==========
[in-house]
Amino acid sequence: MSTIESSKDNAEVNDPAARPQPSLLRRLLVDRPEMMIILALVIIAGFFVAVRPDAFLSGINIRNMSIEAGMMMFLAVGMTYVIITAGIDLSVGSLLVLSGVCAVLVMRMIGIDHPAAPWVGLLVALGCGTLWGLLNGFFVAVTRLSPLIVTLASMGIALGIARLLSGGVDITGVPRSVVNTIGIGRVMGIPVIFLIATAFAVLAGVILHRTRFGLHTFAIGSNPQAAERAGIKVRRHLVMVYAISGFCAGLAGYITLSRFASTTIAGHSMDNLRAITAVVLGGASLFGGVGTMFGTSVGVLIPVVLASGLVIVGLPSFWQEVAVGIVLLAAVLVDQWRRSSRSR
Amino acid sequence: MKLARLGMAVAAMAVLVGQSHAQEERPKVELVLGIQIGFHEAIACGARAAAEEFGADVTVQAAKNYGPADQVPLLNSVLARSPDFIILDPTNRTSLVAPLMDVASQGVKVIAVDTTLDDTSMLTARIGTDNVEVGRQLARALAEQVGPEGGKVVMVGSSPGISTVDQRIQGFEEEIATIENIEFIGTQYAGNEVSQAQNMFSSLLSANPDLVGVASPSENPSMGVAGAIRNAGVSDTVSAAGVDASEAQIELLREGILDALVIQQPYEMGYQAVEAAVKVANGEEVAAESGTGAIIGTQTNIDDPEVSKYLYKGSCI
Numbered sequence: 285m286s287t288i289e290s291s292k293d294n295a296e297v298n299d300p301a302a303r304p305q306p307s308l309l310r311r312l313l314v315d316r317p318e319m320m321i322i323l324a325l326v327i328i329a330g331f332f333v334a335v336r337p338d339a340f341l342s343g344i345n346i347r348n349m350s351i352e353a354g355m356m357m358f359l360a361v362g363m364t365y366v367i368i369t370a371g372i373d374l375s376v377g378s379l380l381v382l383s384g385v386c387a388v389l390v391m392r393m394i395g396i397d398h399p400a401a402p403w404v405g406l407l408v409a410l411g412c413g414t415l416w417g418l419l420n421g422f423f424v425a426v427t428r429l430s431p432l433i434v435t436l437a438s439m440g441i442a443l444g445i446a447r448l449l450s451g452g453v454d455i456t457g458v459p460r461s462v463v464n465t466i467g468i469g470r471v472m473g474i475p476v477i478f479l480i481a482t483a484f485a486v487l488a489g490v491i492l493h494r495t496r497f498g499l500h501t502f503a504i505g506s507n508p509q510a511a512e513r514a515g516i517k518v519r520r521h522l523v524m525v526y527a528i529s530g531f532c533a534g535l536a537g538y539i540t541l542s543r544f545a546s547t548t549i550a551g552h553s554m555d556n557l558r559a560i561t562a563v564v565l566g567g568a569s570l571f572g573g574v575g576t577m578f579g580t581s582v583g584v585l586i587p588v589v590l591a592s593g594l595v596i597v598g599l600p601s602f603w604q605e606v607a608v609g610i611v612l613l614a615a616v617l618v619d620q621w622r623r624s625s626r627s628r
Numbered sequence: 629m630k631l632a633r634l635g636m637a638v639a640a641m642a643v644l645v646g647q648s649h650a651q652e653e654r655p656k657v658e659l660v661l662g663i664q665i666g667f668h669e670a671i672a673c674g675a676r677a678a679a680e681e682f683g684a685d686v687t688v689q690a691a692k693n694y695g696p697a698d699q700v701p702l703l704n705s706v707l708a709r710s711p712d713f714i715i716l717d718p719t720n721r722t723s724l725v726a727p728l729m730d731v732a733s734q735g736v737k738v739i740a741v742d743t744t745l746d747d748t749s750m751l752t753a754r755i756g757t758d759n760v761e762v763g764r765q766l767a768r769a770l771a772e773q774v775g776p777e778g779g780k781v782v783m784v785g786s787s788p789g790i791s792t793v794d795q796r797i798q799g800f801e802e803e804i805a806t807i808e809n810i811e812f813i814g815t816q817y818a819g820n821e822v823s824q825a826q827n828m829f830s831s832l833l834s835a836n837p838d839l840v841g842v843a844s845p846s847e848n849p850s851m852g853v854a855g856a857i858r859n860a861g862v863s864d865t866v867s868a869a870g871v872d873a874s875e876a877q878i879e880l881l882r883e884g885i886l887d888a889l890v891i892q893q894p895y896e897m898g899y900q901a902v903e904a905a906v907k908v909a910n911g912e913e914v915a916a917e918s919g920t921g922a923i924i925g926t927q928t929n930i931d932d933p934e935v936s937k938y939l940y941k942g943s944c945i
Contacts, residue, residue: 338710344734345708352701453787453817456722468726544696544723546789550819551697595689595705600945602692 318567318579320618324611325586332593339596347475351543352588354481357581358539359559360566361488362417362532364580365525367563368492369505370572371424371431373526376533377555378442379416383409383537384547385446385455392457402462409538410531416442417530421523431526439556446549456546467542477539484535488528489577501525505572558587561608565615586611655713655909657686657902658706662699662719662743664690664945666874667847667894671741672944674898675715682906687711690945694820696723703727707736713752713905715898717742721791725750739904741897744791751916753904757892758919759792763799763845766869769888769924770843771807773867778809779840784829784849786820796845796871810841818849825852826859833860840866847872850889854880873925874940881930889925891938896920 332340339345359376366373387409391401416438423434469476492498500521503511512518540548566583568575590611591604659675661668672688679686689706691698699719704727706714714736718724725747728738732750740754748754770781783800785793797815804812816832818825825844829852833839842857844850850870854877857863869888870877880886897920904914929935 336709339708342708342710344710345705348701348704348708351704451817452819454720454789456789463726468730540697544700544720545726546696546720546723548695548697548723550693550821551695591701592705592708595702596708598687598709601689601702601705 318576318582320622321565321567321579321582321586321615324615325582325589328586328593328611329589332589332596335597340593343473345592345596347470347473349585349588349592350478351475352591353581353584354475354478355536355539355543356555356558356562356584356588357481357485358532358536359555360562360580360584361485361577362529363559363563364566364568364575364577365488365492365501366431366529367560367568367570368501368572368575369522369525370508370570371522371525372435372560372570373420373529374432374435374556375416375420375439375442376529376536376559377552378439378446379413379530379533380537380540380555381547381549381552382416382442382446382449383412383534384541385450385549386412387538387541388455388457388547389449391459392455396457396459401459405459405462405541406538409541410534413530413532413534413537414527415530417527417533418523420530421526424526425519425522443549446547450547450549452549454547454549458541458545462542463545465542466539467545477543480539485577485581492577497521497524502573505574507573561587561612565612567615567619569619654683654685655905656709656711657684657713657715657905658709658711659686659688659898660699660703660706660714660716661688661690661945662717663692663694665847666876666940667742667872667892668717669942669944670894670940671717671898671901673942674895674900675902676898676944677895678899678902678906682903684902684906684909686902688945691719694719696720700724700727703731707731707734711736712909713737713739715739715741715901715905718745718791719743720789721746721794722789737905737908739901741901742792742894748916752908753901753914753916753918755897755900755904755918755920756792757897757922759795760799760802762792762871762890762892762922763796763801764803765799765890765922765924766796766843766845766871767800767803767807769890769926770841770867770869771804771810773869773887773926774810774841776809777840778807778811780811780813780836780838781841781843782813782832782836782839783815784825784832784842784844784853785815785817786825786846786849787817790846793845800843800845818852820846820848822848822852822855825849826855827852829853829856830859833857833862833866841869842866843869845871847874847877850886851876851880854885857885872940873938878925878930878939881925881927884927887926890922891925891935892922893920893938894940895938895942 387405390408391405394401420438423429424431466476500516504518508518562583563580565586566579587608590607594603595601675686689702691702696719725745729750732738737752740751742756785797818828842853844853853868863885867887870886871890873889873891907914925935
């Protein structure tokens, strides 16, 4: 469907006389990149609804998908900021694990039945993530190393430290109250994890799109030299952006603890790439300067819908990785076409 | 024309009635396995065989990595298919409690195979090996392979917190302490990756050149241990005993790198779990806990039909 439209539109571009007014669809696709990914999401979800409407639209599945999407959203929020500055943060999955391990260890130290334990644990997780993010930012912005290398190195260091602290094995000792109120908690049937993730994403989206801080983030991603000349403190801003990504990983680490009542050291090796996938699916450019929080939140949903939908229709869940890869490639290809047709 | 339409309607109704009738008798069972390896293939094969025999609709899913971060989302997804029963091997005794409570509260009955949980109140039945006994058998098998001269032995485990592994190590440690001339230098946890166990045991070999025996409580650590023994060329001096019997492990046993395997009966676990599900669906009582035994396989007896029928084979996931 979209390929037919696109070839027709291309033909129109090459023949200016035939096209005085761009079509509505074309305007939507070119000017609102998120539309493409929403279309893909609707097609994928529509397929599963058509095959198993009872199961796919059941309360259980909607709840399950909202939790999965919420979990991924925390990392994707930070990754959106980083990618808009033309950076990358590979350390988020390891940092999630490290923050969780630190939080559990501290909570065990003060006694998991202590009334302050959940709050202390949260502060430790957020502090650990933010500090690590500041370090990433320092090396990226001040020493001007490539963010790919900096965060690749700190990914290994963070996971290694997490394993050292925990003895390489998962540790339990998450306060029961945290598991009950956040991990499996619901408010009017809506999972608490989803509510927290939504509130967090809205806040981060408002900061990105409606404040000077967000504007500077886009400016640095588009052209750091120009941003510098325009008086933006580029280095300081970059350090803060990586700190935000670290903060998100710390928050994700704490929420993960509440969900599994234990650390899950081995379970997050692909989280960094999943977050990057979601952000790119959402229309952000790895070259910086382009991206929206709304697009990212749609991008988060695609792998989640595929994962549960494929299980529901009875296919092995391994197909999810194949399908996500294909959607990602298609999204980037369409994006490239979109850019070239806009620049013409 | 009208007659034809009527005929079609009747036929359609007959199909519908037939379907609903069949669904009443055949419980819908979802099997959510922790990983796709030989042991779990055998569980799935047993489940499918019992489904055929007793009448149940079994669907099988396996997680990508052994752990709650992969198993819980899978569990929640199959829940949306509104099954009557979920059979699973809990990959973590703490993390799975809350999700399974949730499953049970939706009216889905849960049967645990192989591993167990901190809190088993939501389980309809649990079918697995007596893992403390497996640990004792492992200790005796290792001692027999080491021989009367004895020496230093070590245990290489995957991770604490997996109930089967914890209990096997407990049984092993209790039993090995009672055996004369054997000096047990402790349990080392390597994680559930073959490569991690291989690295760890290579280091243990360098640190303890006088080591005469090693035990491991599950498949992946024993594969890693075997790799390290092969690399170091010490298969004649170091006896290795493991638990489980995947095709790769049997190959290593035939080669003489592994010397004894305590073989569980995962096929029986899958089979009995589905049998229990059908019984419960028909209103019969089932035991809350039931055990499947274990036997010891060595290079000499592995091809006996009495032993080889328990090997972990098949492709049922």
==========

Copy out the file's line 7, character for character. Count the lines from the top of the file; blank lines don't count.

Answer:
């Protein structure tokens, strides 16, 4: 469907006389990149609804998908900021694990039945993530190393430290109250994890799109030299952006603890790439300067819908990785076409 | 024309009635396995065989990595298919409690195979090996392979917190302490990756050149241990005993790198779990806990039909 439209539109571009007014669809696709990914999401979800409407639209599945999407959203929020500055943060999955391990260890130290334990644990997780993010930012912005290398190195260091602290094995000792109120908690049937993730994403989206801080983030991603000349403190801003990504990983680490009542050291090796996938699916450019929080939140949903939908229709869940890869490639290809047709 | 339409309607109704009738008798069972390896293939094969025999609709899913971060989302997804029963091997005794409570509260009955949980109140039945006994058998098998001269032995485990592994190590440690001339230098946890166990045991070999025996409580650590023994060329001096019997492990046993395997009966676990599900669906009582035994396989007896029928084979996931 979209390929037919696109070839027709291309033909129109090459023949200016035939096209005085761009079509509505074309305007939507070119000017609102998120539309493409929403279309893909609707097609994928529509397929599963058509095959198993009872199961796919059941309360259980909607709840399950909202939790999965919420979990991924925390990392994707930070990754959106980083990618808009033309950076990358590979350390988020390891940092999630490290923050969780630190939080559990501290909570065990003060006694998991202590009334302050959940709050202390949260502060430790957020502090650990933010500090690590500041370090990433320092090396990226001040020493001007490539963010790919900096965060690749700190990914290994963070996971290694997490394993050292925990003895390489998962540790339990998450306060029961945290598991009950956040991990499996619901408010009017809506999972608490989803509510927290939504509130967090809205806040981060408002900061990105409606404040000077967000504007500077886009400016640095588009052209750091120009941003510098325009008086933006580029280095300081970059350090803060990586700190935000670290903060998100710390928050994700704490929420993960509440969900599994234990650390899950081995379970997050692909989280960094999943977050990057979601952000790119959402229309952000790895070259910086382009991206929206709304697009990212749609991008988060695609792998989640595929994962549960494929299980529901009875296919092995391994197909999810194949399908996500294909959607990602298609999204980037369409994006490239979109850019070239806009620049013409 | 009208007659034809009527005929079609009747036929359609007959199909519908037939379907609903069949669904009443055949419980819908979802099997959510922790990983796709030989042991779990055998569980799935047993489940499918019992489904055929007793009448149940079994669907099988396996997680990508052994752990709650992969198993819980899978569990929640199959829940949306509104099954009557979920059979699973809990990959973590703490993390799975809350999700399974949730499953049970939706009216889905849960049967645990192989591993167990901190809190088993939501389980309809649990079918697995007596893992403390497996640990004792492992200790005796290792001692027999080491021989009367004895020496230093070590245990290489995957991770604490997996109930089967914890209990096997407990049984092993209790039993090995009672055996004369054997000096047990402790349990080392390597994680559930073959490569991690291989690295760890290579280091243990360098640190303890006088080591005469090693035990491991599950498949992946024993594969890693075997790799390290092969690399170091010490298969004649170091006896290795493991638990489980995947095709790769049997190959290593035939080669003489592994010397004894305590073989569980995962096929029986899958089979009995589905049998229990059908019984419960028909209103019969089932035991809350039931055990499947274990036997010891060595290079000499592995091809006996009495032993080889328990090997972990098949492709049922």